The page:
The World is the World!

The World is the World!

Harris Smart reflects on a video about enterprise from 1997…

Hadrian Fraval, SESI chair, gave me a video to watch and asked me to comment on it. [If you would like to view the video before reading this article, view it here.]

The video was made in 1997 by an SES team in Australia to be shown at the Spokane World Congress. It is a snapshot of how Subud enterprise activity was at that time. A time capsule, a postcard from the past.

There are some enterprises shown in the video which are still with us today. Hadrian’s company, Rofin Australia, a world leader in forensic instruments. Isaac Goff’s Dharma Trading in San Francisco. But, of course, much shown here is no longer with us.

We still had S Widjojo then and Premier Hotels was looking very good. A lot of people thought Premier hotels was gonna pull us out of the hole. Through Premier hotels we were all going to recoup the money we had all lost in Anugraha. It was the hopeful spearhead of an enterprise revival.

Because we’d been through a pretty rough time. We could have done with a little success, a little cheering up…

Two Duties

As we all know, from the very first when he appeared in the West, Bapak was urging people to set up enterprises and giving lots of explanations about why and how to do this.

He said there were two duties in life, the spiritual and the material. Make it back to heaven and do enterprise.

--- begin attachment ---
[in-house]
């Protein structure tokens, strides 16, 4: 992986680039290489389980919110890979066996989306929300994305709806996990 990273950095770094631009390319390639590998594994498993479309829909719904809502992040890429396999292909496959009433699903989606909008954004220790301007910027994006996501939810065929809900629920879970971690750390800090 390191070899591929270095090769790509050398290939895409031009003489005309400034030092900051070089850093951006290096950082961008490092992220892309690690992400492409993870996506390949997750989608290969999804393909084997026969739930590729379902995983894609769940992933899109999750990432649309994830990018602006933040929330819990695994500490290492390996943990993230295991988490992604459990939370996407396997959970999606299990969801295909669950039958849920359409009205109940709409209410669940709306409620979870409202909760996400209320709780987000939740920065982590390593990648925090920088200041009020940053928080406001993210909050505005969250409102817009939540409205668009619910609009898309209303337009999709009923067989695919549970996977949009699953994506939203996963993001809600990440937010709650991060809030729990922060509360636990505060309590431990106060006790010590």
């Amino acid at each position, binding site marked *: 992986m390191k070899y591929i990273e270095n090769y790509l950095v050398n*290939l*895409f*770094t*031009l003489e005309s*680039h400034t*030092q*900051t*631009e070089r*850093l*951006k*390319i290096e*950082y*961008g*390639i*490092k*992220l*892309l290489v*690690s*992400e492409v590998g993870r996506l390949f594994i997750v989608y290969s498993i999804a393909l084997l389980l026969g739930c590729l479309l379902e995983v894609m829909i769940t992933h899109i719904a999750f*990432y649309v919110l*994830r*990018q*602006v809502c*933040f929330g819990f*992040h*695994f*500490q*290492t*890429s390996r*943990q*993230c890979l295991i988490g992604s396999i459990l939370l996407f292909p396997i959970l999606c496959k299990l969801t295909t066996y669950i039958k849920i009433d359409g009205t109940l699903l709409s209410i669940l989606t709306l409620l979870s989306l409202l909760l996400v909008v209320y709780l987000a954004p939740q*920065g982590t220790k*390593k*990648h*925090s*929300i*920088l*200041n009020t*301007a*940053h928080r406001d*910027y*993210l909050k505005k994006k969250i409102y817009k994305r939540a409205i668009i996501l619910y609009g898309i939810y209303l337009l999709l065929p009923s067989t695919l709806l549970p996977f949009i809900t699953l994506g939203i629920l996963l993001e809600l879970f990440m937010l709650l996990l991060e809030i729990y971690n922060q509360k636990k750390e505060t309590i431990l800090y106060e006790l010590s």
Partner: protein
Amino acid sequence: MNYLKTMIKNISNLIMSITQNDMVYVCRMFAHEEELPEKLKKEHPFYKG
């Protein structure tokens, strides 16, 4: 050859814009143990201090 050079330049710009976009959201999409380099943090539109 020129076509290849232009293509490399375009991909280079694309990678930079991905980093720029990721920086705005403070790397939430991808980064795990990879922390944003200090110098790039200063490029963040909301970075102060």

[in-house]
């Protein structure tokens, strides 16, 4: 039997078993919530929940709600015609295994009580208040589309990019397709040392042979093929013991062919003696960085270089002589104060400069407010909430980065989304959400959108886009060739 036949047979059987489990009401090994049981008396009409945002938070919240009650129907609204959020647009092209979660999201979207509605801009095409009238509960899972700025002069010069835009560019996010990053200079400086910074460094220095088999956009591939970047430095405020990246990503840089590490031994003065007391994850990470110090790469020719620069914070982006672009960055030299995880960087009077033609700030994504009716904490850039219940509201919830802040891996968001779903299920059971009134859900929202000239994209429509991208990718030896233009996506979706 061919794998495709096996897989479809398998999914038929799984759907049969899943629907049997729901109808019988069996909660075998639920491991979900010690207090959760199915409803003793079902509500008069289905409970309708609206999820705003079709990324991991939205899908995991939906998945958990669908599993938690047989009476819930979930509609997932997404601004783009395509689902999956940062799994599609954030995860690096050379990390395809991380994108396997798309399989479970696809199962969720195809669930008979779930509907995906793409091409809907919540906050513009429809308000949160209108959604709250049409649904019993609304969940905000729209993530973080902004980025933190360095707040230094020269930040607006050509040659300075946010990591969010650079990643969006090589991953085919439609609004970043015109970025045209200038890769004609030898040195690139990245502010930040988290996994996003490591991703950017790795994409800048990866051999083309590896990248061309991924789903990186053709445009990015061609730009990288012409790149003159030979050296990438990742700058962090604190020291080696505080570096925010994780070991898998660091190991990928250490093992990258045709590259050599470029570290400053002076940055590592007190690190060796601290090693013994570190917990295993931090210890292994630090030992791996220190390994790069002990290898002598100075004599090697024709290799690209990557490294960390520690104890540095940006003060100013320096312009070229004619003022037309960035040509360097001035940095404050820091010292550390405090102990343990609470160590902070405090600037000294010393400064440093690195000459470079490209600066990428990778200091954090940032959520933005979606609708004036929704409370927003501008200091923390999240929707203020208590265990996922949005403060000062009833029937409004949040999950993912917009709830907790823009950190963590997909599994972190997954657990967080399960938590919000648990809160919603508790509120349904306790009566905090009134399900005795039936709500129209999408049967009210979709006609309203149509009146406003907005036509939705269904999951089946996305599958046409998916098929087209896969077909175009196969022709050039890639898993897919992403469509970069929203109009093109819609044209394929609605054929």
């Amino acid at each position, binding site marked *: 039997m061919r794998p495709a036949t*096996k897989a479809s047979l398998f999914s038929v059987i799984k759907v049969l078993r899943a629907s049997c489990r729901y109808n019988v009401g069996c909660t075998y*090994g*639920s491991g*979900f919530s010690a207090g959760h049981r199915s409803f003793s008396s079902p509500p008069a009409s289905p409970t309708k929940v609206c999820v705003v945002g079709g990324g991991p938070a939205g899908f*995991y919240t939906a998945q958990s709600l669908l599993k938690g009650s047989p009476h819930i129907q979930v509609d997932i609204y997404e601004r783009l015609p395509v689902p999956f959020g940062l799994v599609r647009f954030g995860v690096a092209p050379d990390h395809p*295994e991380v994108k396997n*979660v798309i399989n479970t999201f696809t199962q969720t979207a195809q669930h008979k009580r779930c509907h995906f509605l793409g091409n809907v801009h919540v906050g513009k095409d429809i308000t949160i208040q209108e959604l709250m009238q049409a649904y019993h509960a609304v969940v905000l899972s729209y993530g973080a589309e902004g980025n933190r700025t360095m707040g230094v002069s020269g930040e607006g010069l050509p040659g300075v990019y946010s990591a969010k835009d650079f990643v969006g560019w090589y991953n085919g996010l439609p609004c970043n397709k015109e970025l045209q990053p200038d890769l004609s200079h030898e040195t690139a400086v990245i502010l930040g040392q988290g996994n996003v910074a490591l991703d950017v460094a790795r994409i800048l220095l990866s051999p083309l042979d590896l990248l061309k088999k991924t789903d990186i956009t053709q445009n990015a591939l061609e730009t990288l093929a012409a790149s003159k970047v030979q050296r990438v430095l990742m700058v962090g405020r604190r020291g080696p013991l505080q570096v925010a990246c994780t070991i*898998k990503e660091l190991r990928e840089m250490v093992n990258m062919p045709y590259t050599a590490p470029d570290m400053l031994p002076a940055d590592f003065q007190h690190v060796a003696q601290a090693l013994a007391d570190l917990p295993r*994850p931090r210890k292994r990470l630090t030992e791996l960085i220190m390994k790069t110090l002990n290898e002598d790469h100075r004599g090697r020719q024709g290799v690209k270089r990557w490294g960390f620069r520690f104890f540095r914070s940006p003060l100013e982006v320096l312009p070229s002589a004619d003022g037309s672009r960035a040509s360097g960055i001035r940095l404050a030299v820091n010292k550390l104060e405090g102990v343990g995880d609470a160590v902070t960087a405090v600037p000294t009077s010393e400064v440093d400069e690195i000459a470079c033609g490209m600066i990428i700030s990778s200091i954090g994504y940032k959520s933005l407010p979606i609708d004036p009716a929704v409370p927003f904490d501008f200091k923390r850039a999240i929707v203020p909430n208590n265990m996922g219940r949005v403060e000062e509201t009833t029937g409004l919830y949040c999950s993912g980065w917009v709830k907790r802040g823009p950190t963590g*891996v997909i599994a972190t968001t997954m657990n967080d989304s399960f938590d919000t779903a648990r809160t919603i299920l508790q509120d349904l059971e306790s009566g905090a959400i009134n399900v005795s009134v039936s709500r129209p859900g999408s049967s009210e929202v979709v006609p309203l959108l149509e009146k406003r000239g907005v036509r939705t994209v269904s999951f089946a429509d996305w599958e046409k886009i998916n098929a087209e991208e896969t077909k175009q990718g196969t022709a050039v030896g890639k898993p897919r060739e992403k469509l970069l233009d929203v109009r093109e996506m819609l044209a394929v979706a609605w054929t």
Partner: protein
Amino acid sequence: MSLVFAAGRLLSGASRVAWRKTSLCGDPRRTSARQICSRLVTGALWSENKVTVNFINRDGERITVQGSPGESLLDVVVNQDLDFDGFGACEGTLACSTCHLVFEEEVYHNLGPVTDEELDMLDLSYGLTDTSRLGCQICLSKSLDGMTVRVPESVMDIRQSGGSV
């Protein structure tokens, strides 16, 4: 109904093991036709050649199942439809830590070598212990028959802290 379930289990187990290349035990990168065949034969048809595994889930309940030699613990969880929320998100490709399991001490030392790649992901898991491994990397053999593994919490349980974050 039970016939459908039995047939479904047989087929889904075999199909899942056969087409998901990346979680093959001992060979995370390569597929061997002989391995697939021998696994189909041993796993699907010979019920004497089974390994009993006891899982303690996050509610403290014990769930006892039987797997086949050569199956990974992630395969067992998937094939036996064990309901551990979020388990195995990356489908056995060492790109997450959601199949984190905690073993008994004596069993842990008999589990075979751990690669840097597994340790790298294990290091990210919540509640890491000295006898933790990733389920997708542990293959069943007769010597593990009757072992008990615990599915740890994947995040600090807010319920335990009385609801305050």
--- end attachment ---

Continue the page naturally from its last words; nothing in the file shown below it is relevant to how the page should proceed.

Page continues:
And some people did set up enterprises. But they tended to be boutique type enterprises. The sort of thing that people interested in spirituality like doing. Enterprises like bookshops and health food restaurants.

1971 World Congress

Then in 1971 at the World Congress in Cilandak, Bapak gave a whole new enterprise message. He made it clear that he was talking about big enterprises. He was not talking about bookshops and health food restaurants. He was talking about banks and office blocks and cement factories.


SWidjojoBuildingHe initiated the chain of events that eventually led to the setting up a bank Bank Susila Bakti in Indonesia. And the idea of the bank was that it would be a financial institution which would fund the development of Subud enterprise.

And it did. Its first and major achievement was to provide the foundation funding for the building of S. Widjojo. By any standards it was an amazing achievement. A beautiful building, well-suited to the market, a success!

Bapak’s words and Bapak’s example then inspired a fever of “major” enterprise activity. We had Anugraha in England. We had Project Sunrise in Australia. Purnama in Japan and so on and so on and so on.

anugrahaBapak wanted to sell S. Widjojo and build a five-star hotel. Then he introduced us to Kalimantan. A whole complex of projects. A housing development, mining, agriculture…

And then it all went bust, pretty much. One by one, the dominos went down, or they didn’t produce the big results that were expected of them. Mining in Kalimantan. Dragging on and on. Noble effort but never actually seeming to get there.